In fact, Banda has taken a series of brave stands since she took office. Her refusal last week to host the African Union summit in July because the AU insists on having President Omar al-Bashir of Sudan there, despite his outstanding arrest warrant from the International Criminal Court, is just one of them.
And amending LGBT rights is another indication of her determination to lead Malawi back onto the path of being a forward-looking democracy and a state that respects universal human rights and global bodies such as the ICC over and above parochial interests.
Banda, the former vice president, inherited a grim economic situation when she took office in April, the first woman to become a head of state in the southern African region. Soon after taking office, she announced that she intended to repeal repressive laws and policies, some of them passed under Mutharika’s rule, including the laws criminalising same-sex acts.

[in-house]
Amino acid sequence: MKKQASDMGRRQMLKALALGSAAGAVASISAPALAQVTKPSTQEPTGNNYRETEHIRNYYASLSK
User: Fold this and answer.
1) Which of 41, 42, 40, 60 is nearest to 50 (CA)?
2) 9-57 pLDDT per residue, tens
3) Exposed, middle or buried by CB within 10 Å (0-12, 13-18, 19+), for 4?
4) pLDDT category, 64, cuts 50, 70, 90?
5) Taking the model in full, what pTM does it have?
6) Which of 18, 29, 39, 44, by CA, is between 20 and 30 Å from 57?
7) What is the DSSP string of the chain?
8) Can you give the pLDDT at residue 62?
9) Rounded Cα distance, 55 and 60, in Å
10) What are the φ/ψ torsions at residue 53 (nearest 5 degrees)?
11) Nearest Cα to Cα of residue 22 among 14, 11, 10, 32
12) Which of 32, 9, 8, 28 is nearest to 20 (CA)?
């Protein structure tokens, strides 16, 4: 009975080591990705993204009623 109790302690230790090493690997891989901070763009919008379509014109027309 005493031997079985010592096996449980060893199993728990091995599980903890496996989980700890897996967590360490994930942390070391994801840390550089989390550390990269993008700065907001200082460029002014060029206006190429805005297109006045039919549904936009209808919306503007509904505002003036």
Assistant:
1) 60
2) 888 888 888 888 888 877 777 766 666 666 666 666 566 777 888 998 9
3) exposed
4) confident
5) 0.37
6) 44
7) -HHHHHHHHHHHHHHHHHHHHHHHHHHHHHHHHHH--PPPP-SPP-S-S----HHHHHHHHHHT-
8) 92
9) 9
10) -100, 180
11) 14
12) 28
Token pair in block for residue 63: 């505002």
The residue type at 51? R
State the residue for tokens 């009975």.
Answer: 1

The repeal of these repressive laws would be good news for Malawi and for Africa. It would not only spare members of the LGBT community the fear of prosecution, but would also negate the legitimisation of violence, abuse, and discrimination based on sexual orientation.
It would also be the first time since 1994 that an African country has repealed anti-LGBT legislation, and would add renewed impetus to global efforts toward decriminalisation of same-sex conduct.
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